Calculation of the Energy
in the Universe.
Oops. Got
here by mistake, or making math calculations is not your forte? Then at
least scroll down to the bottom of the page to either (a) travel through the
Universe mathematically using powers of ten for practice or (b) travel through
the Universe visually to see how big it really is.
To verify, even with the approximate values
for the dimensions of the Universe we have, that the total energy of the
Universe is very close to zero, and probably will turn out to be exactly zero
when better numbers for the Universe are obtained, we need to compare the
positive and negative expressions
(a) E (positive) = mc ^{2}^{}
^{ }
and
(b) E (negative) =  m M _{u }G / R _{u}
_{ }
Insert or aside comment. Someone may question (b) above that the gravitational energy of the Universe is negative. Even when doing a high school physics problem, where you toss a ball of mass M straight up into the air with initial velocity V and you are asked to solve for the height H the ball will reach before it turns around and falls back to the ground, using energy equations rather than force equations, one typically writes the equation: ½ MV^{2
}= MgH That is equivalent to the equation: ½MV^{2
}– MgH = 0 where the two energy terms have opposite signs. If one considers the kinetic energy of ½ MV^{2 }as positive then the gravitational energy MgH is a negative energy contribution. The last equation is really a statement of Conservation of Energy and any system that starts with net energy ZERO must maintain that value, so if some energy goes positive then some other energy (gravitational) must go negative. 
We can eliminate m from both terms
(since it is a hypothetical particle anyway) and compare:
(a) the value of c ^{2}
^{ }
with
(b) the value of  M _{u }G / R _{u}
_{ }
We will use the MKS, or meters, kilograms,
seconds units of measure throughout, but in some instances the exact
dimensionality will not be stated as the expressions become clumsy, especially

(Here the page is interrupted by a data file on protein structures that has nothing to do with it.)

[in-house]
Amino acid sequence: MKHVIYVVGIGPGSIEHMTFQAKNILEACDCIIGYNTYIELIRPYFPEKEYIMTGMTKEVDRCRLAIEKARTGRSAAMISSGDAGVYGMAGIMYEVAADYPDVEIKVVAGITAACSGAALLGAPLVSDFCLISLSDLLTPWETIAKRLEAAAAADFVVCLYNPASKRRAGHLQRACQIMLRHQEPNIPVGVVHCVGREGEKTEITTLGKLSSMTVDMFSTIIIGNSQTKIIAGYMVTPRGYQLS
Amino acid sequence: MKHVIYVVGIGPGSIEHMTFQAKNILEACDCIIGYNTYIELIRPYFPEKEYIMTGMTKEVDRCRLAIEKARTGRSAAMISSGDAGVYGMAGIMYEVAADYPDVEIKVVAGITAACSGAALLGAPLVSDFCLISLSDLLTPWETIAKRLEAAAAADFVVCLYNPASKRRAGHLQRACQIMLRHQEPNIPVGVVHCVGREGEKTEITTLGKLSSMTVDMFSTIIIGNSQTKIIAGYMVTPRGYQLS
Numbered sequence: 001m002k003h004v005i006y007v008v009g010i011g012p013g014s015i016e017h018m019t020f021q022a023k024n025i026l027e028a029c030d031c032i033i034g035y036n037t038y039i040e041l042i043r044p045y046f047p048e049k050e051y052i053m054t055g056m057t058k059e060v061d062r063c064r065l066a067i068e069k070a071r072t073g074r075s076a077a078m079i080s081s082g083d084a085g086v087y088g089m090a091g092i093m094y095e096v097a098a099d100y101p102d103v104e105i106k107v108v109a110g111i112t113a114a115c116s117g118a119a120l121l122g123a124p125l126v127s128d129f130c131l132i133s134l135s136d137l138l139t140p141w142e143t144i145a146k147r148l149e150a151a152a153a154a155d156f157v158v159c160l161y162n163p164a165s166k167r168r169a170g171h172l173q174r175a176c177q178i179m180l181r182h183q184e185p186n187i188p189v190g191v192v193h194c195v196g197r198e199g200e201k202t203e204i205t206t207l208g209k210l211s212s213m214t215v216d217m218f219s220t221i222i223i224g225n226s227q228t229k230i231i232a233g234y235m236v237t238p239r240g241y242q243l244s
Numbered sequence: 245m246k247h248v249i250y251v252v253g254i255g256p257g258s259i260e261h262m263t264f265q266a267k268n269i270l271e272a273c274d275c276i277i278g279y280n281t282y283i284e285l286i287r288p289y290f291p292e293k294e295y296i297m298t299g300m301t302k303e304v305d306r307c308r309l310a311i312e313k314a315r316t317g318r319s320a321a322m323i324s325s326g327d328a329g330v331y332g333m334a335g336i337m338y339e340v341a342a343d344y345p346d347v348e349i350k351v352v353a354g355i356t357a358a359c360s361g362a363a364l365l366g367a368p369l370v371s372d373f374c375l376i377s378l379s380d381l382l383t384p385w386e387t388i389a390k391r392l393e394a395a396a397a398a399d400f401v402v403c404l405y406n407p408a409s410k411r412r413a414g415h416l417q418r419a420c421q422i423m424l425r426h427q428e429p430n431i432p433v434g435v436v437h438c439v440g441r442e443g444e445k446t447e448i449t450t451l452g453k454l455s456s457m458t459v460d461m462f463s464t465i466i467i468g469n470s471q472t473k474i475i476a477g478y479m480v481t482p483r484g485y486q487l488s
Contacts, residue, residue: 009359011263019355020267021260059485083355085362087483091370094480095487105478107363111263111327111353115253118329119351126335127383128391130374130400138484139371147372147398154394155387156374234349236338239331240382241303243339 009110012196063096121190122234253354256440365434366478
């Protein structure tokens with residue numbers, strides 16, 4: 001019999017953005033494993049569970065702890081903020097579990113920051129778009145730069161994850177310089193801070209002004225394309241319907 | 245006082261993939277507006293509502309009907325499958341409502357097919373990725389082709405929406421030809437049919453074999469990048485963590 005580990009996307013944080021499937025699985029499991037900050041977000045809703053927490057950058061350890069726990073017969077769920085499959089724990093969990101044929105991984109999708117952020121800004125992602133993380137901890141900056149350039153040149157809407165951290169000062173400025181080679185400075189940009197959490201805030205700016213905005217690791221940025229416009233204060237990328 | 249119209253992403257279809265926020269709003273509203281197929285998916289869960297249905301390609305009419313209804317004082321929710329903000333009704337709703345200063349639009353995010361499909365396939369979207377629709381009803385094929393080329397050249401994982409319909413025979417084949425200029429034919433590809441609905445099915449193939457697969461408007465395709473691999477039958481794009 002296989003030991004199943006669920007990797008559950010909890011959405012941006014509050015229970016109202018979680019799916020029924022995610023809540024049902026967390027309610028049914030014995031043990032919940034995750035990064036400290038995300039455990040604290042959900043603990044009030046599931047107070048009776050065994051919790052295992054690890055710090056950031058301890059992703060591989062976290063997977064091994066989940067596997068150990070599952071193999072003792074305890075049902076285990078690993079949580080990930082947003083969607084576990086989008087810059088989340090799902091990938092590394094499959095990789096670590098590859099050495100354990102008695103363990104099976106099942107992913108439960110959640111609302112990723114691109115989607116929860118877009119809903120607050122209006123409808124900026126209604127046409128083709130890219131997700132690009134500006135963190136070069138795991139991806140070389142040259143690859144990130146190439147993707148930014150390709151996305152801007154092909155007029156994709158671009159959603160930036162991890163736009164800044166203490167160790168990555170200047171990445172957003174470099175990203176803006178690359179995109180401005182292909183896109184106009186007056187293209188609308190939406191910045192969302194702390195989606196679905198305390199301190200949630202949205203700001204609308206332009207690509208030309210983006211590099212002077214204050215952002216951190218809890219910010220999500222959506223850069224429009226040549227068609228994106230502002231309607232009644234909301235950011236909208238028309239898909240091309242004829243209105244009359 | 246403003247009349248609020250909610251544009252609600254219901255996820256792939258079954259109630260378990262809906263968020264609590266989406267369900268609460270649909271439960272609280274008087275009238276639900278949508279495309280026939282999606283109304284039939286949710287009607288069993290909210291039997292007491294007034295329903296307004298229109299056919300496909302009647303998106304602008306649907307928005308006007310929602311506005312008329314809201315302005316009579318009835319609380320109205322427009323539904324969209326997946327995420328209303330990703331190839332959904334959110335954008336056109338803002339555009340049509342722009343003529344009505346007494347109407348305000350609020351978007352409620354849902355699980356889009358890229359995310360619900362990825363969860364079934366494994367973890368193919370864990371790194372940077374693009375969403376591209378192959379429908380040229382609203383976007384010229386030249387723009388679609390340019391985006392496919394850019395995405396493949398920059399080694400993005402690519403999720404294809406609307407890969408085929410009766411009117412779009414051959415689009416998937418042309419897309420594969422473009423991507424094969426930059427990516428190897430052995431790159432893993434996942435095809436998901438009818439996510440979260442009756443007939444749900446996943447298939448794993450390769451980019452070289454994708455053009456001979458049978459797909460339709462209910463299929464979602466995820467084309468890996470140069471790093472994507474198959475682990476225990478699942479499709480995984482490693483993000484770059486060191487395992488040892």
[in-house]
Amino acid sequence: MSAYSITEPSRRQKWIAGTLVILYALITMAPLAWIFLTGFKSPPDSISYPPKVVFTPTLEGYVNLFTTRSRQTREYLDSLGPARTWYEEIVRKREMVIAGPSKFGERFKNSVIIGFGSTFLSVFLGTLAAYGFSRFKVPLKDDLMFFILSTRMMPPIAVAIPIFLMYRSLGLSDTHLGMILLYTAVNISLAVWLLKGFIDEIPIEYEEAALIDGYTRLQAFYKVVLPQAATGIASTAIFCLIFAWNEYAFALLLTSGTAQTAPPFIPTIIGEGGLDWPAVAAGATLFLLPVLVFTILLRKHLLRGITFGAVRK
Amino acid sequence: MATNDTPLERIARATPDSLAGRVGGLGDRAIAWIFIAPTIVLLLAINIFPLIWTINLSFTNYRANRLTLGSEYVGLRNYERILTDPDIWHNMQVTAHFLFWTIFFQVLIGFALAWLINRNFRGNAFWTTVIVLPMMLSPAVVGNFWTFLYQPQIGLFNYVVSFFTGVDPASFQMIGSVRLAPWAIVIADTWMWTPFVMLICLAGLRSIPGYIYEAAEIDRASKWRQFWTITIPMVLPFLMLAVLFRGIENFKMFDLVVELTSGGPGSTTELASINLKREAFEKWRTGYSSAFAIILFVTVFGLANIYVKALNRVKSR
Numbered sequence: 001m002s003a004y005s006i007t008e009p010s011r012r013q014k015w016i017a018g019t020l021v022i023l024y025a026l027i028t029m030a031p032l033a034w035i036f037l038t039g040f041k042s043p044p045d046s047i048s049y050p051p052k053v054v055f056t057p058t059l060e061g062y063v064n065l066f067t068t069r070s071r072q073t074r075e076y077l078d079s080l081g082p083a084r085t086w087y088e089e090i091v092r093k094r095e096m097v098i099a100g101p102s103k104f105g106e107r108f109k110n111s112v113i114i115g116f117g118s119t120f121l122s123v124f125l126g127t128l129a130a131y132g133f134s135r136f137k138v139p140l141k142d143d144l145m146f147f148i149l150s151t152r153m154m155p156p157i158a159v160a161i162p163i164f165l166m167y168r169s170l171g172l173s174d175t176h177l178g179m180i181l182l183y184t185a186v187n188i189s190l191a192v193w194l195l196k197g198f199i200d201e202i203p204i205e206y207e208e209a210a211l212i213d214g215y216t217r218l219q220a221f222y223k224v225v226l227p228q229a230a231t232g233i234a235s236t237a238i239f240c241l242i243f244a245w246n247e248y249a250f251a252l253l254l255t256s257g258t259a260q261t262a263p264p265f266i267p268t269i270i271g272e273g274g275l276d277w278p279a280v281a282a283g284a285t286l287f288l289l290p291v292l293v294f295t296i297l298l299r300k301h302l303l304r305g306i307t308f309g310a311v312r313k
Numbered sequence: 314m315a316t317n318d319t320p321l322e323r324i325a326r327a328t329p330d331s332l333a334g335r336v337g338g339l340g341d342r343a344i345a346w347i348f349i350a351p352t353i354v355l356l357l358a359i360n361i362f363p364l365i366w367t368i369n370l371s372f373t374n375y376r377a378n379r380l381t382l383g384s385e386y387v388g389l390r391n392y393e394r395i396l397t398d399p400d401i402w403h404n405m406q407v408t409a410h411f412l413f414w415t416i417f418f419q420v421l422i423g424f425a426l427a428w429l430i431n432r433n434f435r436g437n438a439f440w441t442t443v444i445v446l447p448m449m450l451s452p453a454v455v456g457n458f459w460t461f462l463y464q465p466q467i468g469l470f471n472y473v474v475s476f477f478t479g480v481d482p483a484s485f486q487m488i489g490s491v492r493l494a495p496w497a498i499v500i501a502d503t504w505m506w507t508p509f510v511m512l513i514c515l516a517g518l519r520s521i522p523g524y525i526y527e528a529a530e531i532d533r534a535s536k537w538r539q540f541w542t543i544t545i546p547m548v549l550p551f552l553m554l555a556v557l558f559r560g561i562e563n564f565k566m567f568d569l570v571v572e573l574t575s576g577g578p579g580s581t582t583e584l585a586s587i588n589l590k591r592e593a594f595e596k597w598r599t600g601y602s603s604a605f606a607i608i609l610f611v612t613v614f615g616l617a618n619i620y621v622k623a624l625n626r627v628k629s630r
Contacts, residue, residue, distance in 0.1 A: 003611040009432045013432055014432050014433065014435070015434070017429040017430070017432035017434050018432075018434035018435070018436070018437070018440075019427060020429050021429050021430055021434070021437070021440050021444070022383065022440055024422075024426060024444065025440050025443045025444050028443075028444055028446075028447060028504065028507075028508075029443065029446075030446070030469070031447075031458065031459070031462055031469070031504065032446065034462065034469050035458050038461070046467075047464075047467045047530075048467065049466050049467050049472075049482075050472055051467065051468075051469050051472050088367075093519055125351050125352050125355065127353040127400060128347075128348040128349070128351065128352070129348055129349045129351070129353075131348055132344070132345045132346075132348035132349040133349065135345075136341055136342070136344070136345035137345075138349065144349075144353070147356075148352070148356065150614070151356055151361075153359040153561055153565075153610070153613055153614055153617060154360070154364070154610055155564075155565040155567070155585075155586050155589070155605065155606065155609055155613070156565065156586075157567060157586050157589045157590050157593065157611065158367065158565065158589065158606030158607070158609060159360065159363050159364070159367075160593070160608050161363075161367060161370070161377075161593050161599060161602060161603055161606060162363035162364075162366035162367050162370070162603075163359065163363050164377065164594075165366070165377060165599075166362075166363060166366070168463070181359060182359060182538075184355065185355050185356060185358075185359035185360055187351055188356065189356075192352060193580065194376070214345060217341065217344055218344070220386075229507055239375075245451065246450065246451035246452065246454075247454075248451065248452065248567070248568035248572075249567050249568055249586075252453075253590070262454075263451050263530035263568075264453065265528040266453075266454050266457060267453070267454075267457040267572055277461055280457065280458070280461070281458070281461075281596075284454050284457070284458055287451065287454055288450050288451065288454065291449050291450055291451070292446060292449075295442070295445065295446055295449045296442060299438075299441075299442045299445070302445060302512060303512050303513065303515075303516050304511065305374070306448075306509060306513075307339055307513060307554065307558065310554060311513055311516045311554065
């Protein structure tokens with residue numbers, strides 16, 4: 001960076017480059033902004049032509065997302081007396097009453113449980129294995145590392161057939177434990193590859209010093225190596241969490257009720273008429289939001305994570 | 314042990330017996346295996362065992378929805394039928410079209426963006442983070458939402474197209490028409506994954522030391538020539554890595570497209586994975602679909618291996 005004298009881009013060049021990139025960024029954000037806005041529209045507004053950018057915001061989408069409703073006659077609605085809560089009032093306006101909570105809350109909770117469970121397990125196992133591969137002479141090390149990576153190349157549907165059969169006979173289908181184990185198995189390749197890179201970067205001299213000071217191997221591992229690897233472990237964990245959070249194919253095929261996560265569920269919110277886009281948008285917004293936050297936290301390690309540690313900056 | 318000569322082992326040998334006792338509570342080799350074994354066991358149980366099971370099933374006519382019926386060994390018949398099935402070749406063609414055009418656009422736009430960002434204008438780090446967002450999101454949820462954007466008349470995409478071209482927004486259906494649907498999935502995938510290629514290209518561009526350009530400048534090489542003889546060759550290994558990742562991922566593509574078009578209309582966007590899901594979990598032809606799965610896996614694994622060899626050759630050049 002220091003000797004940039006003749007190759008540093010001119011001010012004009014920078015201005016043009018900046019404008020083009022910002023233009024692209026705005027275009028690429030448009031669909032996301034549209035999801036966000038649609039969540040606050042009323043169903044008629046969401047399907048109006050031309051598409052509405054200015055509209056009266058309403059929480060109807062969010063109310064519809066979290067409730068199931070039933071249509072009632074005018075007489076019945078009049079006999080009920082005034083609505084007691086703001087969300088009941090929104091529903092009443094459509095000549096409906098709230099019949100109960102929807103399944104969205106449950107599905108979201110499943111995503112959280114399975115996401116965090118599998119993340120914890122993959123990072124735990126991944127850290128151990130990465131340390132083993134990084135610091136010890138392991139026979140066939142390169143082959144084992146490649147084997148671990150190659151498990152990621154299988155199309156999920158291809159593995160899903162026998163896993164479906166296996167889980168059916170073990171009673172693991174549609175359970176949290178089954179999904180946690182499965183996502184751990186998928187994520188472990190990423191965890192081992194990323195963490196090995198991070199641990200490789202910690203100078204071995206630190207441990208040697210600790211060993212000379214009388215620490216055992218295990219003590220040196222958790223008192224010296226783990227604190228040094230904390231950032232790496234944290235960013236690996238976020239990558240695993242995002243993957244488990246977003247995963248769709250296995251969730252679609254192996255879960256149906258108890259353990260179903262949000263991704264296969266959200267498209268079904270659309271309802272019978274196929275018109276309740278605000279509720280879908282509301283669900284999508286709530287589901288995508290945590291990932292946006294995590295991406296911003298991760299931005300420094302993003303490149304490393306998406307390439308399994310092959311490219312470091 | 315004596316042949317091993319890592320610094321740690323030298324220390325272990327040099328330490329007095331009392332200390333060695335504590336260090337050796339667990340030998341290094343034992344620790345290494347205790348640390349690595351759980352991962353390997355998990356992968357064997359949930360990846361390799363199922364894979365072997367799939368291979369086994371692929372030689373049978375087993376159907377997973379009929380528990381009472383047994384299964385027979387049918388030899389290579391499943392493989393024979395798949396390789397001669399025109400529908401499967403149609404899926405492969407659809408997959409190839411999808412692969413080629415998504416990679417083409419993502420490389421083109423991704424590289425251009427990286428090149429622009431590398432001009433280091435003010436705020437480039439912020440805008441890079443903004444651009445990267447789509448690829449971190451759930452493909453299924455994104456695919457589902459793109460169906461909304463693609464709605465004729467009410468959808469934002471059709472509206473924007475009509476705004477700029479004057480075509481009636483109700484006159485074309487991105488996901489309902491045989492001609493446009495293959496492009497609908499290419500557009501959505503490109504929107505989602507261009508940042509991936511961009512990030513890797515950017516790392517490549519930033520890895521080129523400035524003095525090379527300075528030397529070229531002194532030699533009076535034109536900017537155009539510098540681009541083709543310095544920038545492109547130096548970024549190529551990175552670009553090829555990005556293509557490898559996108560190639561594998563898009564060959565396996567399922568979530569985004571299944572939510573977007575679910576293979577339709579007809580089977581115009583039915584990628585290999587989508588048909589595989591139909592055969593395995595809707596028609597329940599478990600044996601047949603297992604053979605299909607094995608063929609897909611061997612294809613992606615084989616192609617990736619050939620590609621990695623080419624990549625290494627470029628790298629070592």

when squared.
The first expression is the easiest. The velocity of light in this system of
measure is c = 3 x 10 ^{8
}meters/sec.
So
(a) c^{2 }= (3
x 10 ^{8 }meters/sec) ^{2
}= 9 x 10 ^{16 }meters^{2} per second^{2}.
^{ }
Questions arise to the size and mass of the
Universe as we have not yet seen the very ends of the Universe and so most
discussions simply refer to the Visible Universe, or the dimensions of all that
we can see, and therefore know exists.
The Hubble Telescope is now photographing
objects that are 12 billion light years away.
A light year is the distance light travels in one year. (So we also know that the Universe is at
least 12 billion years old as those objects were in existence 12 billion years
ago when that light first departed those stars on its way here.) We need to convert a light year into meters.
One light year in meters = (velocity of light
in meters/sec) times (number of seconds in a year).
Number of seconds in a year = (3600 sec/hour)
x (24 hours/day) x (365.25 days/year) =
3.156 x 10 ^{7 }seconds/year.
(Yes.
There are 365.25 days in a year  that's why we have leap years every
four years.) So
One light year = (3 x 10 ^{8 }meters/sec) x (3.156 x 10
^{7 }sec/year) = 9.47 x 10 ^{15
}meters.
12 billion years = 12 x 10 ^{9
}years so
12 billion light years = (12 x10 ^{9
}years) x (9.47 x 10 ^{15
}meters per year) = 1.14 x 10 ^{26
}meters so
R_{ u}_{ }= Radius of Visible Universe = 1.14 x
10 ^{26 }meters
As mentioned elsewhere, calculations have been
made on the number of protons (and hence atoms) that the Universe generated
during expansion as 10 ^{80
}protons (atoms.)
The mass of one proton = 1.67 x 10 ^{27
}kilograms.
So multiplying these two numbers together
gives us an estimate of the mass within the Visible Universe as: